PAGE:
University in St. Louis has been chosen as a Program
of Excellence in Nanotechnology (PEN) by the National
Heart, Lung, and Blood Institute (NHLBI) of the National
Institutes of Health.
Karen Wooley, Ph.D., Washington University professor
of chemistry in Arts & Sciences, is principal
investigator of the Program, which NHLBI is funding
at $12.5 million for five years.
Three other PENs will also be established. Washington
University will serve as the administrative center
for this new nanotechnology initiative.
Collaborators with Wooley include 13 faculty members
from the Washington University School of Arts & Sciences
and the School of Medicine, plus one from each of
the University of California campuses at Berkeley
and Santa Barbara.
Nanotechnology involves the making of materials,
devices and systems of extremely small sizes, generally
between one and 100 nanometers. One nanometer is
one one-thousandth of a micron; a single strand of
human hair is between 50 and 100 microns, so a nanometer
is 50,000 times smaller than a human hair. Nanotechnology
enables researchers to take advantage of properties
and surface areas to create faster, more efficient
chips, sensors, pumps, gears, lasers, novel materials
and drug delivery systems.
According to Wooley, the prime focus of the Washington
University PEN is the development of nanoscale agents
that can be assembled, labeled, targeted, filled
and activated for eventual diagnosis and treatment
of various diseases relevant to NHLBI.
"Having this program is invaluable to the advancement
of nanotechnology because it brings together people
with crucial skills and expertise, allowing them
to cooperate with each other. This will allow nanotechnology
to coalesce into realized devices that are greater
than the individual contributions alone," Wooley
said. "The initiatives we'll undertake will provide
the leadership for nanoscience and nanotechnology
developments that can have clinical applications
through this century."
"The Programs of Excellence in Nanotechnology is
a vitally important research effort that will spur
the development of novel technologies to diagnose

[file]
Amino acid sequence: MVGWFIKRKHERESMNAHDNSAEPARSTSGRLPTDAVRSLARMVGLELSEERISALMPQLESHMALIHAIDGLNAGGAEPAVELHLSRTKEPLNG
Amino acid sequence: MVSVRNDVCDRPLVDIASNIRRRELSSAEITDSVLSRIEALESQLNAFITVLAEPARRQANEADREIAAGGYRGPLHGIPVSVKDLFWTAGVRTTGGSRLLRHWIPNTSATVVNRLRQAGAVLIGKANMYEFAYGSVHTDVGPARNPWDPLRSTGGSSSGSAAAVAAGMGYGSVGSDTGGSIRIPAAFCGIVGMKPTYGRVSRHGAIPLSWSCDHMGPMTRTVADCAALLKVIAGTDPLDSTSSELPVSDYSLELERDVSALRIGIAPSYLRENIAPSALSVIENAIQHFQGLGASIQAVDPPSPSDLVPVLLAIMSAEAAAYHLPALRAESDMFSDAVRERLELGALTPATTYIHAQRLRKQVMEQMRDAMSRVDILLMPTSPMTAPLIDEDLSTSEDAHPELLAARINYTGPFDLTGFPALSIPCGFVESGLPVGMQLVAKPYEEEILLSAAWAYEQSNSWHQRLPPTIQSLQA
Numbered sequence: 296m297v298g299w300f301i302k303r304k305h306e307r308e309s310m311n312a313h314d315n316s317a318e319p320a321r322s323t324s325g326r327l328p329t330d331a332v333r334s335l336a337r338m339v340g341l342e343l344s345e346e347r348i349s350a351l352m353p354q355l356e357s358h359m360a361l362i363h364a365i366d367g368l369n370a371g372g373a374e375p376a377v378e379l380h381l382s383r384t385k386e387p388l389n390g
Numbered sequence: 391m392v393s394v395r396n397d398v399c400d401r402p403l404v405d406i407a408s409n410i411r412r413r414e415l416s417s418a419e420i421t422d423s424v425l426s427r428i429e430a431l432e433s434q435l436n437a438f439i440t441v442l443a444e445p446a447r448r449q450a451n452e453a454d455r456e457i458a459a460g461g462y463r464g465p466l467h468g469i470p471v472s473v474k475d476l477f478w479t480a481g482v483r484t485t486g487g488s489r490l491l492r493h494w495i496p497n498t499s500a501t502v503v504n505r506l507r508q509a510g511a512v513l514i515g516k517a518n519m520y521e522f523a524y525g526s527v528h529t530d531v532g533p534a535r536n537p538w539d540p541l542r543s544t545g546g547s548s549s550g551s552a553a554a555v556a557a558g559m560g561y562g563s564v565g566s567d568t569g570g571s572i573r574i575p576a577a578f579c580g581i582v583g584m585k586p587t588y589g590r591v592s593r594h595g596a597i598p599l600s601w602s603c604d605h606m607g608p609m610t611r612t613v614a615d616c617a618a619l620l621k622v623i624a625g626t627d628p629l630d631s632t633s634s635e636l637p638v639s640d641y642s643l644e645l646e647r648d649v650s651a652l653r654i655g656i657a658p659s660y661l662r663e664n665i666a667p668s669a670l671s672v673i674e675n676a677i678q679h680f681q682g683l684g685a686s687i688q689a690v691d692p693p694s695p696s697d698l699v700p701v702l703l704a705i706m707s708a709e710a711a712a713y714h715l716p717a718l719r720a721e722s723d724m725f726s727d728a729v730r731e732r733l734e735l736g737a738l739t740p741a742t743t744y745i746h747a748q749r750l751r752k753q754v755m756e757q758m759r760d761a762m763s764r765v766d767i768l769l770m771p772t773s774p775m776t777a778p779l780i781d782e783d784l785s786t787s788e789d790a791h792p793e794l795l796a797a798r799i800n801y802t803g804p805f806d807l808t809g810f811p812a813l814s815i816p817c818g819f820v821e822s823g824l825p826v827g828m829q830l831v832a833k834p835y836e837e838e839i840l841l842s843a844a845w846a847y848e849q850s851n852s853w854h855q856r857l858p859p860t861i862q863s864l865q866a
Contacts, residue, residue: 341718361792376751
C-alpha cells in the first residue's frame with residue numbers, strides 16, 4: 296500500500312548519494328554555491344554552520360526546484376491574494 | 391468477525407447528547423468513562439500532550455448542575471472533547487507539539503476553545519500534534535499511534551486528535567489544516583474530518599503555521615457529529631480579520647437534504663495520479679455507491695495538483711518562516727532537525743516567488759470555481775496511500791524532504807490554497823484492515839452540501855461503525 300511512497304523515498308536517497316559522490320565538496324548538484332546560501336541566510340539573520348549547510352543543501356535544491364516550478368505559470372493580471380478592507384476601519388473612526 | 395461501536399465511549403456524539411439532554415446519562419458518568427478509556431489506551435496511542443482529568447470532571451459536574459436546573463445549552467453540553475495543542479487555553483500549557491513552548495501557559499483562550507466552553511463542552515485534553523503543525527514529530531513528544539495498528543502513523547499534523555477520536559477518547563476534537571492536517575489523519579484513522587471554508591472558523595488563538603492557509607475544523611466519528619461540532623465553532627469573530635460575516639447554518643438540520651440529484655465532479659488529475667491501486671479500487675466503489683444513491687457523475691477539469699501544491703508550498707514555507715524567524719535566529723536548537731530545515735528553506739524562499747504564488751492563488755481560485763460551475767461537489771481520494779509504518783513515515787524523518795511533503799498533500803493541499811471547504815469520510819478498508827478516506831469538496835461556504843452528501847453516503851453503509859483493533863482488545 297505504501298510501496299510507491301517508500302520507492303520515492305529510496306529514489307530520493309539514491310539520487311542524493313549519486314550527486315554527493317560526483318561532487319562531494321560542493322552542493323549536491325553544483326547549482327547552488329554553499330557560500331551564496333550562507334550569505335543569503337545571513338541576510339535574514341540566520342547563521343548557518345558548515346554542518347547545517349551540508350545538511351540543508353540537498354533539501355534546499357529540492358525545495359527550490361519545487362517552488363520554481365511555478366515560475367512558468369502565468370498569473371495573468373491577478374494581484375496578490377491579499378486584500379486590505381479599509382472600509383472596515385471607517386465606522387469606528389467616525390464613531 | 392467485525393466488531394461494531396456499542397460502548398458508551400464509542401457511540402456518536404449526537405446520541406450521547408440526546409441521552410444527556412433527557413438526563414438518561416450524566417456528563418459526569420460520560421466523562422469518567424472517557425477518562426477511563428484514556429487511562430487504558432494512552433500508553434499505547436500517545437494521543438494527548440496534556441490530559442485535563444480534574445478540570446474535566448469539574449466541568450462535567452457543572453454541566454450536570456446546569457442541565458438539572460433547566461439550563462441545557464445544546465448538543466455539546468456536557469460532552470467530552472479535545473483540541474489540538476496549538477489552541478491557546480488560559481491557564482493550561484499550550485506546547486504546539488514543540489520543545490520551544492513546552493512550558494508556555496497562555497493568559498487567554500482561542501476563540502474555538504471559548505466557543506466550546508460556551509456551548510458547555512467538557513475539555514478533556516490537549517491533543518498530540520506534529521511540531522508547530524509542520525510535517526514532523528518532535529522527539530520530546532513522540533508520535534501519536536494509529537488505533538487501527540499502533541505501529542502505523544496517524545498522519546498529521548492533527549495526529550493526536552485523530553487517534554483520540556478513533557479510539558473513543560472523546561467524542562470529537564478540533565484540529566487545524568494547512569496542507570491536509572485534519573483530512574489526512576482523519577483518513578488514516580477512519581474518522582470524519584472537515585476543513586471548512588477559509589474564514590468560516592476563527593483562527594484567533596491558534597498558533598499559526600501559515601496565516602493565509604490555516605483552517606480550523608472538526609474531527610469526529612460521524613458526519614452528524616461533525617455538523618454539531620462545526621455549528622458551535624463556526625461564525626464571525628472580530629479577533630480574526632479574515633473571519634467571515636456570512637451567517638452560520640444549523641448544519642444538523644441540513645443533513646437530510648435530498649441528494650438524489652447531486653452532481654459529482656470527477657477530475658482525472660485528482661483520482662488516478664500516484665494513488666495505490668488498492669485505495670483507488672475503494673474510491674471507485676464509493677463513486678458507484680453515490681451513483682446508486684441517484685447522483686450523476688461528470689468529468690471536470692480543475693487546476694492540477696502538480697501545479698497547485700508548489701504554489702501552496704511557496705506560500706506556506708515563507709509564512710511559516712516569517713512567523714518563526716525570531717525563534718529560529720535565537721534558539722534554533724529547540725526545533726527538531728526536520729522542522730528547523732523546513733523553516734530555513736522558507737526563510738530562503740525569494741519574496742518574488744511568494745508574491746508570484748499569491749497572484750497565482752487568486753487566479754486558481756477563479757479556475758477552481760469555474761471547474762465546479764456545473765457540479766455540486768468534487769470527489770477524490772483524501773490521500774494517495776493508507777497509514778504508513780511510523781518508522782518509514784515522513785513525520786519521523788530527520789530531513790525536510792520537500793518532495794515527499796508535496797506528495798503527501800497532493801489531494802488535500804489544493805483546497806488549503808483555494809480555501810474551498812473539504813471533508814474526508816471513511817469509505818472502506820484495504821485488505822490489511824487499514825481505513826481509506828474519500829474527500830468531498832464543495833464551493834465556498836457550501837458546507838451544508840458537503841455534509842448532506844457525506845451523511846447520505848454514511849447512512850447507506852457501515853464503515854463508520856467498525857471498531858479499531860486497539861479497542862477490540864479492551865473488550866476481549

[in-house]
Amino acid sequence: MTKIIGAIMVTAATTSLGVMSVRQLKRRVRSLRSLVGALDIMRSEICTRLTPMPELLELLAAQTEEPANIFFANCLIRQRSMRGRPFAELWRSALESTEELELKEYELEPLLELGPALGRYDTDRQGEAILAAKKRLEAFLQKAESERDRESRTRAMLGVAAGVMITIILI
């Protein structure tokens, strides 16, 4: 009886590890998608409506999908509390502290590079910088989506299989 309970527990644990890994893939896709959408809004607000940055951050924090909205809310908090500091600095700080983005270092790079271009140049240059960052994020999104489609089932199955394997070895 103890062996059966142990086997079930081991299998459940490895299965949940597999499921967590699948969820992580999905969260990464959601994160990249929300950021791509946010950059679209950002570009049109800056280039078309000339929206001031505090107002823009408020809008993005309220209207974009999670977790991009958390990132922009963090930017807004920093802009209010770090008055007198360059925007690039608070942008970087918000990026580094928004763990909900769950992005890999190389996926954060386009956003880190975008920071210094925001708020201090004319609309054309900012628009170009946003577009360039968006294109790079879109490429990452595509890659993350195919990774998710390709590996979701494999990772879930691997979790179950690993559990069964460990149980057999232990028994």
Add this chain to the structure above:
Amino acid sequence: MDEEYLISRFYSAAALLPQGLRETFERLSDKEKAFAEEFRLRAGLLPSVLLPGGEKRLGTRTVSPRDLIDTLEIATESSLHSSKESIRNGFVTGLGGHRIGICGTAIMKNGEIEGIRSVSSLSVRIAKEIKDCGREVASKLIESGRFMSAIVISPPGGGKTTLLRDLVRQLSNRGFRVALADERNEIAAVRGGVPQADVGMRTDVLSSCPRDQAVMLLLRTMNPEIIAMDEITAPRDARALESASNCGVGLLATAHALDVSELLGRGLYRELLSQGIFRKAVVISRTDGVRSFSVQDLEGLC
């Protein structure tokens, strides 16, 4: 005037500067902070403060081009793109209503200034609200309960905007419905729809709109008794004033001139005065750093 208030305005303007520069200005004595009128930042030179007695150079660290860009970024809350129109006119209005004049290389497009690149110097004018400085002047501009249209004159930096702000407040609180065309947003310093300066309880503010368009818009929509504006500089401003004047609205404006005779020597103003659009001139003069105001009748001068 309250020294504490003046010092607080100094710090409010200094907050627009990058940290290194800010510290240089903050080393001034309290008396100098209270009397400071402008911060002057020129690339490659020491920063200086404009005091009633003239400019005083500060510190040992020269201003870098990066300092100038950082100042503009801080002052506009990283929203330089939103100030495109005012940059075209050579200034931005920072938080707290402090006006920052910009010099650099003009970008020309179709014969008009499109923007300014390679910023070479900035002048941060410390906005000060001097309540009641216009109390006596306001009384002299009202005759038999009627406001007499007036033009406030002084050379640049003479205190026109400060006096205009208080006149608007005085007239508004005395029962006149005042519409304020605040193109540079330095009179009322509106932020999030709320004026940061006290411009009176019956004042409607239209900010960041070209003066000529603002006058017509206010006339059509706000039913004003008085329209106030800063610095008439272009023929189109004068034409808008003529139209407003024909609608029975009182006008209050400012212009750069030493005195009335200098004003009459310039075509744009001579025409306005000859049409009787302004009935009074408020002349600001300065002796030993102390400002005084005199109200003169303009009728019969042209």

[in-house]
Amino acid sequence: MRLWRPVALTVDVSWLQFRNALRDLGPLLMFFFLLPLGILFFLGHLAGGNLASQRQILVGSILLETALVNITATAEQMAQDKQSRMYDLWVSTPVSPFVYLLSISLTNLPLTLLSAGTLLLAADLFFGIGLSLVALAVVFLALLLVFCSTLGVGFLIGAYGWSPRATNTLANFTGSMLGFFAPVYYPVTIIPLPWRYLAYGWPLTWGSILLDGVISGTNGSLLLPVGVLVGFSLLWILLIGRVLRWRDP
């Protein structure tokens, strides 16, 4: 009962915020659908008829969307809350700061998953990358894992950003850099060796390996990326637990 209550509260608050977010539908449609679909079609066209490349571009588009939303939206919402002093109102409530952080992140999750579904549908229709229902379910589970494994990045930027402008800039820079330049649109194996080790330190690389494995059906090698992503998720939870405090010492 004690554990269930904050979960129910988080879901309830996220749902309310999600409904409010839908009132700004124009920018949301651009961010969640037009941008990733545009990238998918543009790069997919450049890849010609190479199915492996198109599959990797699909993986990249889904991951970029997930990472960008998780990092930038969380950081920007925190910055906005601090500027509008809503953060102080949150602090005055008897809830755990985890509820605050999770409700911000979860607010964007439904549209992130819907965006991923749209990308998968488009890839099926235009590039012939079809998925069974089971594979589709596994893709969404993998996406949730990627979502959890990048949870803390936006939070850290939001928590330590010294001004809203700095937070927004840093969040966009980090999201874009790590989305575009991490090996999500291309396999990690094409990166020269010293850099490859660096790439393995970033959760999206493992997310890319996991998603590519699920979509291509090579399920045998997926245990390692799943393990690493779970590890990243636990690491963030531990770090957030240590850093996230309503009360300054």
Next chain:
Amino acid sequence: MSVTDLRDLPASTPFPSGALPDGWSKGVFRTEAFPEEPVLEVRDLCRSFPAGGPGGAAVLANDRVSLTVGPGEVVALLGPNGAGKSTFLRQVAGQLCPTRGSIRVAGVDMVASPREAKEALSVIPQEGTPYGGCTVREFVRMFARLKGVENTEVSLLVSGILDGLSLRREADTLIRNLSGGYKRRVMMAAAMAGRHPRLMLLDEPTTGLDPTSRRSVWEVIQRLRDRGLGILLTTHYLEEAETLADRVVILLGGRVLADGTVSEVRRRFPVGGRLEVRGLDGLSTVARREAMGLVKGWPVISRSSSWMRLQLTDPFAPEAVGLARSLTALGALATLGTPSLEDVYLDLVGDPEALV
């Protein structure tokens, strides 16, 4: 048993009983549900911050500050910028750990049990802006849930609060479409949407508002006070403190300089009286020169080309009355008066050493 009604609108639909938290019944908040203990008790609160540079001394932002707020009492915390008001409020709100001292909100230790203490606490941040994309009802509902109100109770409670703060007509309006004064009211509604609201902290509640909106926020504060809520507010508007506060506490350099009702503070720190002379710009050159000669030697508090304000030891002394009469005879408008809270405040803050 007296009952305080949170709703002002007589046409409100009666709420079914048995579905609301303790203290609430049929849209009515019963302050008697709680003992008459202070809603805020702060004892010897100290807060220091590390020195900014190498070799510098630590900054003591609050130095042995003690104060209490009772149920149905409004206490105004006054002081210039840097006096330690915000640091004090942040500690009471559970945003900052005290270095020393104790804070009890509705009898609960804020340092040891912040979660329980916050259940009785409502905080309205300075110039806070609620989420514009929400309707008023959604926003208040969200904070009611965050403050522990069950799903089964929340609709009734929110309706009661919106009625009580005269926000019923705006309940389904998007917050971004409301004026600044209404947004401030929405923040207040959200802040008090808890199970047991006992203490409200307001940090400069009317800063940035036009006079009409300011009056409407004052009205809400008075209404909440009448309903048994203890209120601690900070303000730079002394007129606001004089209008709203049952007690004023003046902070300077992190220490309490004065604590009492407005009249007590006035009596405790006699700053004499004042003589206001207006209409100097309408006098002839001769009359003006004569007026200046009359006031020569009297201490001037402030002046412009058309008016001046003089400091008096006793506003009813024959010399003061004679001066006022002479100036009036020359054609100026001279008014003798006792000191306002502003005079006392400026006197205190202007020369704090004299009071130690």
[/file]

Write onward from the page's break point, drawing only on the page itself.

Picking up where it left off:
and treat heart, lung, and blood diseases. The program
brings together bioengineers, materials scientists,
biologists, and physicians who will work in interdisciplinary
teams. By taking advantage of the unique properties
of materials at the nanoscale, these teams will devise
creative solutions to medical problems," said Elizabeth
G. Nabel, M.D., director of the National Heart, Lung,
and Blood Institute of the National Institutes of
Wooley, a synthetic organic chemist who has made
numerous important breakthroughs with nanoparticles
over the past decade, cited six specific aims of
- Preparation and assembly of programmed, integrated
- Application of nanostructures for imaging at
increased levels of sensitivity
- Imaging of gene expression by recognition of
messenger RNA (mRNA) transcription products
- Application of the nanostructures for therapy
- Cross disciplinary education and training of
medical and materials scientists
- Dissemination and translation of nanotechnology
As an example of how people in the PEN will collaborate
and rely on each other's skills, Wooley says to imagine
an injured vessel in the lung or cardiovasculature
as the target. With guidance provided by medical
experts on these diseases, Dan Schuster, Dana Abendschein
and Rob Gropler, nanoparticles that Wooley and her
lab members have been making for years called, shell
cross-linked nanoparticles (SCK), or other nanoscale
materials being developed in the laboratories of
Jean Frechet (UC-Berkeley) or Craig Hawker (UC-Santa
Barbara), will be used as carriers for diagnostic
imaging agents and also therapeutics.
Add a protective agent and then a permeation peptide
that allows entry into cells, and the nanomaterial
becomes more sophisticated. Incorporated into the
nanoparticle will be a chelater that will hold onto
copper 64 enabling collaborator Michael Welch, Ph.D.,
professor of radiology in the Washington University
School of Medicine, to image the injured tissue with
positron emission tomography (PET); once the nanoparticles
concentrate at the injury sight , they will light
up under PET imaging.
But how do the nanoparticles know how to find the
specific tissue? Enter John-Stephen Taylor, Ph.D.,
Washington University professor of chemistry, a synthetic
organic chemist who identifies a genetic sequence
made by the over expression of messenger RNA (mRNA),
a hallmark of tumor cells. Taylor can make a sequence
that binds to the cancerous mRNA, making a docking
site for the nanoparticles.
PEN collaborators Jean Frechet, Ph.D., of the University
of California-Berkeley, and Craig Hawker, Ph.D.,
of the University of California-Santa Barbara, are
working on a function that will trigger a breakdown
of the nanoparticles after they deliver their payload – a
drug or antiviral agent, for instance.
Wooley and her collaborators have been able to make
this nanosystem work in vivo, targeting cancer cells.
One prime goal is to use it to image gene therapy.
This is just one of many applications that Wooley
and her collaborators believe will come out of the
research performed in the Program, with emphasis,
ultimately, on translation to treat pulmonary and
acute vascular inflammation and injury in humans.
"We're excited by the many possibilities collaboration
such as this affords, and gratified that NHLBI has
chosen us," Wooley said. "We are going to make sure
that this technology is learned, shared, improved
and disseminated through publications and presentations